The Divestment Movement

Below I’ve posted the introduction to a new MSSI Issues paper, “Fossil Free: The Development and Significance of the Fossil Fuel Divestment Movement“, which I co-authored with Kara Nicholson and John Wiseman.

As the probability and risks of catastrophic climate change continue to increase (Potsdam, 2012; Christoff, 2013), fossil fuel divestment has become an increasingly important strategic focus for organisations seeking to counter the power of vested interests and accelerate support for rapid reductions in CO2 emissions. In this context, “divestment” refers to strategies designed to encourage the withdrawal of existing investments from fossil fuel related industries and activities, as well as discouraging new investments. In some instances the divestment movement aims also to include action to promote and support the reinvestment of funds in alternative, more “climate friendly” industries such as renewable energy and energy efficiency.

The fossil fuel divestment movement has grown quickly over the last few years, with limited opportunity to document and reflect on its achievements, limitations, and implications. This paper therefore aims to provide an initial overview of fossil fuel divestment initiatives, focussing particularly on Australia. The paper concludes with some reflections on how the divestment movement could potentially contribute to helping society transition swiftly to a just and resilient post-carbon economy.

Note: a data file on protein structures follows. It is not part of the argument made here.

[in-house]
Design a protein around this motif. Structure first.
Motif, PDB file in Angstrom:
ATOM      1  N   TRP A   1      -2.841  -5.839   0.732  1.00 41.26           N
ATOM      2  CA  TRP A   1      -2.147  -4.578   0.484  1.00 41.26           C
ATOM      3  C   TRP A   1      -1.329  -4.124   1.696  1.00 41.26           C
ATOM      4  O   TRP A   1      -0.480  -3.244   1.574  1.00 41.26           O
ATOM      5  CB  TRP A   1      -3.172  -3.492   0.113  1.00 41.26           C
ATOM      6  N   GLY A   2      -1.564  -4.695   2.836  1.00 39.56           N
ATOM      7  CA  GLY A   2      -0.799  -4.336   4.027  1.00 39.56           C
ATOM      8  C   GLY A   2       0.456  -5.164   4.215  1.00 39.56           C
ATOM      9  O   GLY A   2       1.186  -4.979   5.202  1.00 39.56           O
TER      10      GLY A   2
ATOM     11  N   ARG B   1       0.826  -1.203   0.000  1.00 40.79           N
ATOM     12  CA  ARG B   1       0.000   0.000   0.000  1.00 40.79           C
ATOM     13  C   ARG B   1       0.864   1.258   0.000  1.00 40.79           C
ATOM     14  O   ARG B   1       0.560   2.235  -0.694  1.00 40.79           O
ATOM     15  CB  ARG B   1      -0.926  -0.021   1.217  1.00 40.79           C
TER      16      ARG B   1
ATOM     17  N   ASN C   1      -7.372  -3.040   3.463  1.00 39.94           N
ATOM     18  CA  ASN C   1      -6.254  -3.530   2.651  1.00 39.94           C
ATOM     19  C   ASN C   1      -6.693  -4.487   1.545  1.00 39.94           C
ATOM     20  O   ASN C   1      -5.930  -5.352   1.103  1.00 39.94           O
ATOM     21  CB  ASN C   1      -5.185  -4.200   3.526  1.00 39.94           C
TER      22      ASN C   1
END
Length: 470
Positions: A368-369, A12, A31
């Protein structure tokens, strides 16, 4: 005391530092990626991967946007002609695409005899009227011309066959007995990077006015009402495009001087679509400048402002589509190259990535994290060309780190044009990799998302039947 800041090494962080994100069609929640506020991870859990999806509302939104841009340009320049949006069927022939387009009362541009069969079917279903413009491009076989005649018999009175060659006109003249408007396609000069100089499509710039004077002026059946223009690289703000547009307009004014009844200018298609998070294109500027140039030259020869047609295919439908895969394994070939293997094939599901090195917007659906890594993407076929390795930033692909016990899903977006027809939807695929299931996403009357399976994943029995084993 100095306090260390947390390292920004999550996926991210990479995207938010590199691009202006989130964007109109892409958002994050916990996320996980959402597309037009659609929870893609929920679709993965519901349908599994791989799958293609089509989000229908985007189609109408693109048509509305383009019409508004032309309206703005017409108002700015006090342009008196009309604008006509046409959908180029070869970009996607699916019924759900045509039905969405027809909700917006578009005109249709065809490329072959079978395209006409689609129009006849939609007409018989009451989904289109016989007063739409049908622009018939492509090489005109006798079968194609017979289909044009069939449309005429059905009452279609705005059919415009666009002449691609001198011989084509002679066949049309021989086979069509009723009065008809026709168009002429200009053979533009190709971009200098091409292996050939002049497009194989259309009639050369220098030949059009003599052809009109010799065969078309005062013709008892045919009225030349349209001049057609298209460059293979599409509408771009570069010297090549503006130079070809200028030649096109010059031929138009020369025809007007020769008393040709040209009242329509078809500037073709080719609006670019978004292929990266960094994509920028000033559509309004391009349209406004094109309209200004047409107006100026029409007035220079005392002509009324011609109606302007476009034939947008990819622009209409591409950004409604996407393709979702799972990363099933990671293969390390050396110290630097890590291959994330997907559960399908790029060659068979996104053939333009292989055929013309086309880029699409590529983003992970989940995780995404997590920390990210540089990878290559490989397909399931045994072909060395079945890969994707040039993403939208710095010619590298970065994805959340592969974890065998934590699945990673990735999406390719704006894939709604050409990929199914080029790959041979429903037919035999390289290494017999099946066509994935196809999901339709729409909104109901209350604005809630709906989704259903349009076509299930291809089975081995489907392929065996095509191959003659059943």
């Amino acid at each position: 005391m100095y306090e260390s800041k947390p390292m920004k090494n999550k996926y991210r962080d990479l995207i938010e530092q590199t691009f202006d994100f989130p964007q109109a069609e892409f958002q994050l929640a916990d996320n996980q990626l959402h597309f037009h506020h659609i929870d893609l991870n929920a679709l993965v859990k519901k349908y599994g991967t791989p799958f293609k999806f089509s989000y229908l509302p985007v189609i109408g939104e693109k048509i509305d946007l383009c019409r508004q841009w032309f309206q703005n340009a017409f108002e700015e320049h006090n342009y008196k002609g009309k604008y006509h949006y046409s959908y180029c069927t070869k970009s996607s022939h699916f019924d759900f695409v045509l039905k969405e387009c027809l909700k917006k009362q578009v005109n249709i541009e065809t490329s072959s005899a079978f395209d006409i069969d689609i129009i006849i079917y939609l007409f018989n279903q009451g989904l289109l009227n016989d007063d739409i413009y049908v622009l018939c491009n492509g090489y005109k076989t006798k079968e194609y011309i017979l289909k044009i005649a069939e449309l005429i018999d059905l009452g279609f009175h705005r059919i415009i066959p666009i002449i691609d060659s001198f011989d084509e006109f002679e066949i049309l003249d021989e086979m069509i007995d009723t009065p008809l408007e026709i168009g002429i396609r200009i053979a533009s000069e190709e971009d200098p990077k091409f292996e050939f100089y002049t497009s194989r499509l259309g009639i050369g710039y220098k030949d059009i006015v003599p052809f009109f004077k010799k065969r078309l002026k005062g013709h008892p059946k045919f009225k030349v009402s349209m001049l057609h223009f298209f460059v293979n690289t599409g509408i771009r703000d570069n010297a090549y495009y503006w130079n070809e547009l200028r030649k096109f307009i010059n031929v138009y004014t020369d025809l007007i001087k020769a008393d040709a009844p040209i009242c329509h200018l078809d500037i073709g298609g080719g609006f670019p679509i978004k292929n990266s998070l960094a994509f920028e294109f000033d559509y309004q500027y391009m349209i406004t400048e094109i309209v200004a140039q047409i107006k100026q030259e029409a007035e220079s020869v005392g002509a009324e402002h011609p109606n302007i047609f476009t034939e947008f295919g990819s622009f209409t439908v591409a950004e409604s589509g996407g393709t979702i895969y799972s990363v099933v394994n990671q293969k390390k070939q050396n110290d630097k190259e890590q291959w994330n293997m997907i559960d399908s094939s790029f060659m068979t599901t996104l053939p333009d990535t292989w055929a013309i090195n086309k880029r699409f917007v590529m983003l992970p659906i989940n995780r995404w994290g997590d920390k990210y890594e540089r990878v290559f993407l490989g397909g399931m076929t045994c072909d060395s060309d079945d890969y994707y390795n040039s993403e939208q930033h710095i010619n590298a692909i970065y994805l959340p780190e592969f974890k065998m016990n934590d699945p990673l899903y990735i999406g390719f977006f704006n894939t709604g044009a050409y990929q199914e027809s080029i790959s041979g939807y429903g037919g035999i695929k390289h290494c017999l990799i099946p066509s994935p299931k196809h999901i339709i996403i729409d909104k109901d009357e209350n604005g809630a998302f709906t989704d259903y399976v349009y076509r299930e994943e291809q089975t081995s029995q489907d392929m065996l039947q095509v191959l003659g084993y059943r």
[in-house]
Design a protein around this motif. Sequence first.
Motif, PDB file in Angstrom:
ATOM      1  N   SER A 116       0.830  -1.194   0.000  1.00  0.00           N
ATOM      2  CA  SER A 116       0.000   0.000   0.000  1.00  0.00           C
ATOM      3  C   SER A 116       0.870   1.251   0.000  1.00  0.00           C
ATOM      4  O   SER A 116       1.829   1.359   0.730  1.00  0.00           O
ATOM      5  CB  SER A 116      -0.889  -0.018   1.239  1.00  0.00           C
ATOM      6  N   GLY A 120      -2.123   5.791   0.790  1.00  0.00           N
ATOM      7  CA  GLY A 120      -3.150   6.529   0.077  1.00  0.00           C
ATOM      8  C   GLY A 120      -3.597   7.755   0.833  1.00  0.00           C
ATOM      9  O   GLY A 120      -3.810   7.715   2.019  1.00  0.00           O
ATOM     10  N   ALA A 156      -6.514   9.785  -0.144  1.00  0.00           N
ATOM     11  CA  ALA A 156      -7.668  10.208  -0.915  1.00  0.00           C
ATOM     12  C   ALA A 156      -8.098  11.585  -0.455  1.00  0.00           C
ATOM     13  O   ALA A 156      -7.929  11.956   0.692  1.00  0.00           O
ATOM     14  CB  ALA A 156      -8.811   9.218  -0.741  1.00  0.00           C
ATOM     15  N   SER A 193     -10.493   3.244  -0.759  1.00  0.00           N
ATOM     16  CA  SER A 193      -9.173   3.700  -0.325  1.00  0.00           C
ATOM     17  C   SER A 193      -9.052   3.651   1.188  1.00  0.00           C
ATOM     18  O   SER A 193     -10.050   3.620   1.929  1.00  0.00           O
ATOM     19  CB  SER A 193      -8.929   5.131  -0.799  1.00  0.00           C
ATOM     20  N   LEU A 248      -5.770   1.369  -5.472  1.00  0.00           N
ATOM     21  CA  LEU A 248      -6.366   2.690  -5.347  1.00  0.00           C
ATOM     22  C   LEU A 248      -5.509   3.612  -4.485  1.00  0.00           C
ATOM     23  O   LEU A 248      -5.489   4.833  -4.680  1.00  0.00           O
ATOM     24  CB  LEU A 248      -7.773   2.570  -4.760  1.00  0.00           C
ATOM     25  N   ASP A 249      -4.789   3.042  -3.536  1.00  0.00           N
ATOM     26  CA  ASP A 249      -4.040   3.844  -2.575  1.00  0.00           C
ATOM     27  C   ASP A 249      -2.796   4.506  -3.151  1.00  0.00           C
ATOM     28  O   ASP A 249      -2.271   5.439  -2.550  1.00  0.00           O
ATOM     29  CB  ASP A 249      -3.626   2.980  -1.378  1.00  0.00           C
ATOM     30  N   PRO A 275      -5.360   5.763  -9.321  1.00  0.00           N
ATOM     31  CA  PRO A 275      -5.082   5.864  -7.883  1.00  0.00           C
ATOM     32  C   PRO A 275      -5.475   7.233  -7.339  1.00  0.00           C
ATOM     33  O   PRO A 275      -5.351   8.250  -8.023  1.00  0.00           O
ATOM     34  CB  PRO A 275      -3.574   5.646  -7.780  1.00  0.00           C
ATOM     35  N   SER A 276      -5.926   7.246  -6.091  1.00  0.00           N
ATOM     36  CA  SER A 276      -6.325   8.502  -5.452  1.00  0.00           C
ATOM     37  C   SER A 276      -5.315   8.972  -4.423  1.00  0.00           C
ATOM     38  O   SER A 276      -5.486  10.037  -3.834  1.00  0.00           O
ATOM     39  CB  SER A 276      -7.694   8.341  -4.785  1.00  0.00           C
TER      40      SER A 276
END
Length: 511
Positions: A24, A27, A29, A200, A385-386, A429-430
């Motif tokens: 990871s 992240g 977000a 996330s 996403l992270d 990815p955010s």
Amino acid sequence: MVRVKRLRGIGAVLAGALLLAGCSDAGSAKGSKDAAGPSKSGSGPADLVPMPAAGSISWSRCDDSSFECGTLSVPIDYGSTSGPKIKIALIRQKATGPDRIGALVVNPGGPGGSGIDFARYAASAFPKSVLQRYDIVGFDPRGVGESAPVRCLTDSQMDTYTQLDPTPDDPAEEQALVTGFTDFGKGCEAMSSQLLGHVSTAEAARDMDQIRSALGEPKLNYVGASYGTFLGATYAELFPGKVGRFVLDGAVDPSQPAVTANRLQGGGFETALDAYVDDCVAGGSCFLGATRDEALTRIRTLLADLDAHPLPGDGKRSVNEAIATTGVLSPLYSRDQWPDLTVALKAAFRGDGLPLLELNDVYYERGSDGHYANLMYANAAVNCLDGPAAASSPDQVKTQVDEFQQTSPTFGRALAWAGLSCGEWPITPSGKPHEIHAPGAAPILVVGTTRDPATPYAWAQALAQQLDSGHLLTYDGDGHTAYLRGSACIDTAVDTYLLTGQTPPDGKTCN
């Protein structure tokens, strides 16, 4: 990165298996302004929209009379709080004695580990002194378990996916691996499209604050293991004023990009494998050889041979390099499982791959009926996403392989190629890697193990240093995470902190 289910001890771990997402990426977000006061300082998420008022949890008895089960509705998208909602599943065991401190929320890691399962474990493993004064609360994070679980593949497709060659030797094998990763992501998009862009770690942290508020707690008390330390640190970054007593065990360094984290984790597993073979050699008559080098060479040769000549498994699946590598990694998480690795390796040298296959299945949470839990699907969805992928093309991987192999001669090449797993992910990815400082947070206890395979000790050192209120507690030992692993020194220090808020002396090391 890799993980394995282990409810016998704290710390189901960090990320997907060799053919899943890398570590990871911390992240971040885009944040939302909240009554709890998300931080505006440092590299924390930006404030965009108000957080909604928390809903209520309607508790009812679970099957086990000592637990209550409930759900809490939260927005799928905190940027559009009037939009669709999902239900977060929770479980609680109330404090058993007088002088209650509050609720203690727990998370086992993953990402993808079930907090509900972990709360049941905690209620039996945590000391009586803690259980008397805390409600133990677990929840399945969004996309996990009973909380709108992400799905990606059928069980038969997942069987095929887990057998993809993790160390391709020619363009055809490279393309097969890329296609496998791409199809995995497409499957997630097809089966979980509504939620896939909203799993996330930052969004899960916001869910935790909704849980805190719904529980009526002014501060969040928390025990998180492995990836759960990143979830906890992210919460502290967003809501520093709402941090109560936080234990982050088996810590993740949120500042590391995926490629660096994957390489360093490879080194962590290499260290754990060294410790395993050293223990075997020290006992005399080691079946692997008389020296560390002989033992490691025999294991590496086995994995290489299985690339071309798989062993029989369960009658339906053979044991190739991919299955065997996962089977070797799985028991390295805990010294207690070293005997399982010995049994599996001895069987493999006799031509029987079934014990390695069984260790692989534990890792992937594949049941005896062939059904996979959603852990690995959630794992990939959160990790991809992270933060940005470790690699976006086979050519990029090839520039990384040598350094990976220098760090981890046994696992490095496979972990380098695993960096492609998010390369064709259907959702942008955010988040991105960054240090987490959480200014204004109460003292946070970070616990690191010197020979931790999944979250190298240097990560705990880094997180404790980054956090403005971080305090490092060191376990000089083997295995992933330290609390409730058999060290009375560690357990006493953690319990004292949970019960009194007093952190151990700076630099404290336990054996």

Our central conclusion is that divestment is playing an increasingly significant “disruptive innovation” role in strengthening support for rapid de-carbonisation. While global investments in fossil fuels represent an asset class worth over $5 trillion, the quantum of investment funds so far shifted through divestment campaigns remains relatively small (Bloomberg Finance 2014). At this stage the major impacts of divestment strategies are in highlighting the rapidly diminishing size of the available “carbon budget” and in stigmatising the role played by the fossil fuel industry and its allies in increasing the probability and risks of catastrophic climate change. The movement is also beginning to demonstrate significant potential to open up broader discussions about the policy and institutional choices needed to drive de-carbonisation investment switching at the necessary speed and scale.

The complete Issues paper is available here.

(In an aside, if anyone wants to attend a earthbag building workshop in New South Wales in November, see here)

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